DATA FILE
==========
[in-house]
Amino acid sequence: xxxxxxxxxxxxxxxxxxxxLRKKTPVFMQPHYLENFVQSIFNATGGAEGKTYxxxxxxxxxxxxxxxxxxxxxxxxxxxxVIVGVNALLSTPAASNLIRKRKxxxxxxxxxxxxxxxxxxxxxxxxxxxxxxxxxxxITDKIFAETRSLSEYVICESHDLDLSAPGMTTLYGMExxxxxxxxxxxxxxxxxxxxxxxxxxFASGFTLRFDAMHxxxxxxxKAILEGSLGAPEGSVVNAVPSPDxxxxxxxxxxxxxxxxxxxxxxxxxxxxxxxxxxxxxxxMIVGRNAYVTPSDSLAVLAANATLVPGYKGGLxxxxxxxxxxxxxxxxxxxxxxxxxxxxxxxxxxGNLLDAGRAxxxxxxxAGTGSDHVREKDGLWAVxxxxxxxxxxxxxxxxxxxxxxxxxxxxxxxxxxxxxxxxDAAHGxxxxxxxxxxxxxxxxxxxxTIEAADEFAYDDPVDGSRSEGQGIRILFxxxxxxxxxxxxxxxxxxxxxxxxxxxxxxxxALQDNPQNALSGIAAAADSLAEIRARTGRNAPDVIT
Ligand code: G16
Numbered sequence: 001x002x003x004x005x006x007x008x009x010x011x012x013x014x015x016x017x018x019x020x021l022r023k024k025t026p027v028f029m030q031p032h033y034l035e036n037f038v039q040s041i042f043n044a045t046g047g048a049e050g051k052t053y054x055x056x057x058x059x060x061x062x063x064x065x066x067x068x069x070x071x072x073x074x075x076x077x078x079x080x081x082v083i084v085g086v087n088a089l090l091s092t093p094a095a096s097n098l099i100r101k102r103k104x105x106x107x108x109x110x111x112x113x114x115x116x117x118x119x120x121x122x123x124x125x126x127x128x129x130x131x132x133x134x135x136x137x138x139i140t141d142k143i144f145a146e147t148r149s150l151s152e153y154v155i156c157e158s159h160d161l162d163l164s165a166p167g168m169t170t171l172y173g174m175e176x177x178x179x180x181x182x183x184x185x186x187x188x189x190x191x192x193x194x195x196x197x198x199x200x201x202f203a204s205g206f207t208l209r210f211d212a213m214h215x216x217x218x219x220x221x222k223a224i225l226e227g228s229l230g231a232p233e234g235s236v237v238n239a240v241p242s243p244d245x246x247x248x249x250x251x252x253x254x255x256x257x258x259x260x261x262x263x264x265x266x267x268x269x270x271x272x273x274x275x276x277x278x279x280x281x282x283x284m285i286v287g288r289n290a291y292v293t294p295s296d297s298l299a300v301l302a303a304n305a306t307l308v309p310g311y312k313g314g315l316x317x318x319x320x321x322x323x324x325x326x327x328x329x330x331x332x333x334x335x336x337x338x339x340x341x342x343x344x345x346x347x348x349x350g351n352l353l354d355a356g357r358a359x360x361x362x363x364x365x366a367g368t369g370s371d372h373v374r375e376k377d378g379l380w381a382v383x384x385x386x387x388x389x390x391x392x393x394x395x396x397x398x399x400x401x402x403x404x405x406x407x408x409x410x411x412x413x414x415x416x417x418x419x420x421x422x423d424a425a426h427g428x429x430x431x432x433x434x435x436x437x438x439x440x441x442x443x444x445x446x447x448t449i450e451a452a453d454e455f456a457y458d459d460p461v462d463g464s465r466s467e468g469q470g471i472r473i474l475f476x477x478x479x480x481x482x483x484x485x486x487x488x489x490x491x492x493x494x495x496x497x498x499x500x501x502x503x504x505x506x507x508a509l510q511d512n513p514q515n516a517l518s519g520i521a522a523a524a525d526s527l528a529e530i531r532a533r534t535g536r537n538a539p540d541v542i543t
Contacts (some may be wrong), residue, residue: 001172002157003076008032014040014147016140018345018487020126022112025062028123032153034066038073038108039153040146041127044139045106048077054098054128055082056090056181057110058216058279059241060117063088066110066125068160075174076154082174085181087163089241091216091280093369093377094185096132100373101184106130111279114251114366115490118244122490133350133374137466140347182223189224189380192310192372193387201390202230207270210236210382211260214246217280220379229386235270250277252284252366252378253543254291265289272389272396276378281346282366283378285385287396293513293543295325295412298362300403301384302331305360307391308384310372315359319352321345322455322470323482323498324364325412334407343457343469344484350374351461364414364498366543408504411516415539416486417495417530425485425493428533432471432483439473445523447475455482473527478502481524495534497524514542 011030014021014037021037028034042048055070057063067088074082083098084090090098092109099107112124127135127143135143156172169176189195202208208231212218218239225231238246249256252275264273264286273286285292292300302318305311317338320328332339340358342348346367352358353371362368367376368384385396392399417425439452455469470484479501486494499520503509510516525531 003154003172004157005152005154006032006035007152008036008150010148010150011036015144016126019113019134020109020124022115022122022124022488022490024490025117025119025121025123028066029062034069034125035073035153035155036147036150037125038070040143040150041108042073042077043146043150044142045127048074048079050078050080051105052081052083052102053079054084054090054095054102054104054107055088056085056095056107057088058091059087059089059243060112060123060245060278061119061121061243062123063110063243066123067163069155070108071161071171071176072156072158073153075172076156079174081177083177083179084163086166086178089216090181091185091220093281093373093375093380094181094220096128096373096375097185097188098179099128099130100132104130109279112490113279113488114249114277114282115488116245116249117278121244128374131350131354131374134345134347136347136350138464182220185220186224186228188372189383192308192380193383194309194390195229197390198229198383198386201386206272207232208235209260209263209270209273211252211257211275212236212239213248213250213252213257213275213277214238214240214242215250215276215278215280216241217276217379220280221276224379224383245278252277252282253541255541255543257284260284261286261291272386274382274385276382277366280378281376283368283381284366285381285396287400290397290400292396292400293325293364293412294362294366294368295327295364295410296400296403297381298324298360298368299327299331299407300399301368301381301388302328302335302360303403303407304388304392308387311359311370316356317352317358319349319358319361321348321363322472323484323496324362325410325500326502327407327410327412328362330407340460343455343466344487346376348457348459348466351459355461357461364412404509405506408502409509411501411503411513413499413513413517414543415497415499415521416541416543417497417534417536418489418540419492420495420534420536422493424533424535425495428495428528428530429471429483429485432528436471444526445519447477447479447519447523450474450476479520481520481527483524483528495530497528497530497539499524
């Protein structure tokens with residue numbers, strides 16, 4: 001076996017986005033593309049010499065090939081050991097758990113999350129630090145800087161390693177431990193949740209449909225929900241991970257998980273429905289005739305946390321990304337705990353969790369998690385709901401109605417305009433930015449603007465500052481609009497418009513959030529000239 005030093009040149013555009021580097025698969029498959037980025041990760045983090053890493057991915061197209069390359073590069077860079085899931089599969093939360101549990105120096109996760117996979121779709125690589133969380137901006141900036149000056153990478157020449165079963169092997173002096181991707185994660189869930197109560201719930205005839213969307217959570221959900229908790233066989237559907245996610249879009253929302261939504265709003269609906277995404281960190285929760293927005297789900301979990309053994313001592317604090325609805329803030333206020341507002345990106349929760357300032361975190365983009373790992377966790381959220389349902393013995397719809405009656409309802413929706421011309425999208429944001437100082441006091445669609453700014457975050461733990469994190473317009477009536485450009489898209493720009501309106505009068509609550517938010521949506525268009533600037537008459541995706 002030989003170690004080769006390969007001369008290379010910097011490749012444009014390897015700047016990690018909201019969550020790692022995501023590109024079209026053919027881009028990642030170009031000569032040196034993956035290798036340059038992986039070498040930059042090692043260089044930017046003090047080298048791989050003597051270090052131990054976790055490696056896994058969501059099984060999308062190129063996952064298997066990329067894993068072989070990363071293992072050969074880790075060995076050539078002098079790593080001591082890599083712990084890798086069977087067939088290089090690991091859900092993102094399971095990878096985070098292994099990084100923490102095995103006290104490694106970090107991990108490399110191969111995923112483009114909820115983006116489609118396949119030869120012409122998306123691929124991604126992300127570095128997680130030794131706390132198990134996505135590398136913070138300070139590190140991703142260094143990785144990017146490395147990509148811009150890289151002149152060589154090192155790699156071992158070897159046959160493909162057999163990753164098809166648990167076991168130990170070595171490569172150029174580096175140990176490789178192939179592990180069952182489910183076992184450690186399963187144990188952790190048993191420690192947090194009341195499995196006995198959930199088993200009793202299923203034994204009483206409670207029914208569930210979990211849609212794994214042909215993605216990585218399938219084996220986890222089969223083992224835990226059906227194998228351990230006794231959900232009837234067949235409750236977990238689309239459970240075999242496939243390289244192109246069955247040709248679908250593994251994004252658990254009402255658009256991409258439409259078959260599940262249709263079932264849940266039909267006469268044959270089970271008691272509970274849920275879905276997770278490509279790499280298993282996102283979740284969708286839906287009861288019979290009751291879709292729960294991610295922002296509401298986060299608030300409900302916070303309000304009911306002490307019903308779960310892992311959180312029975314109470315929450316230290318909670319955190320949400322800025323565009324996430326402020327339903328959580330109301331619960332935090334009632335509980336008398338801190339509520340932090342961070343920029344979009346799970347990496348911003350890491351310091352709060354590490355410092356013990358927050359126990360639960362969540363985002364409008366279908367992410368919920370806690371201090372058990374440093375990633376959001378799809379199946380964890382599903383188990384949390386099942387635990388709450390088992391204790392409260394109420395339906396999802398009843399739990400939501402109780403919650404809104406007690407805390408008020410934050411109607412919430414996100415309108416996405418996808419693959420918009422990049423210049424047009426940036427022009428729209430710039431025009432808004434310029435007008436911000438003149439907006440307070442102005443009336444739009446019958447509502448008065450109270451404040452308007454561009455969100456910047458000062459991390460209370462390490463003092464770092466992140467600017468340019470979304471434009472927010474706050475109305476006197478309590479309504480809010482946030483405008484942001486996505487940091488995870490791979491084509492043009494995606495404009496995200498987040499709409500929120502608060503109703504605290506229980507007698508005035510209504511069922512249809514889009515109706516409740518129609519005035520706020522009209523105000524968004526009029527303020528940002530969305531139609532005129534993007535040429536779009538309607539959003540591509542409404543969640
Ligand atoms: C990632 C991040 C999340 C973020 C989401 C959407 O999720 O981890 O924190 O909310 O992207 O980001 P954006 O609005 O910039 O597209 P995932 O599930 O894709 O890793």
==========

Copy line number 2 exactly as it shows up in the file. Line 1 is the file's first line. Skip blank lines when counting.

Amino acid sequence: xxxxxxxxxxxxxxxxxxxxLRKKTPVFMQPHYLENFVQSIFNATGGAEGKTYxxxxxxxxxxxxxxxxxxxxxxxxxxxxVIVGVNALLSTPAASNLIRKRKxxxxxxxxxxxxxxxxxxxxxxxxxxxxxxxxxxxITDKIFAETRSLSEYVICESHDLDLSAPGMTTLYGMExxxxxxxxxxxxxxxxxxxxxxxxxxFASGFTLRFDAMHxxxxxxxKAILEGSLGAPEGSVVNAVPSPDxxxxxxxxxxxxxxxxxxxxxxxxxxxxxxxxxxxxxxxMIVGRNAYVTPSDSLAVLAANATLVPGYKGGLxxxxxxxxxxxxxxxxxxxxxxxxxxxxxxxxxxGNLLDAGRAxxxxxxxAGTGSDHVREKDGLWAVxxxxxxxxxxxxxxxxxxxxxxxxxxxxxxxxxxxxxxxxDAAHGxxxxxxxxxxxxxxxxxxxxTIEAADEFAYDDPVDGSRSEGQGIRILFxxxxxxxxxxxxxxxxxxxxxxxxxxxxxxxxALQDNPQNALSGIAAAADSLAEIRARTGRNAPDVIT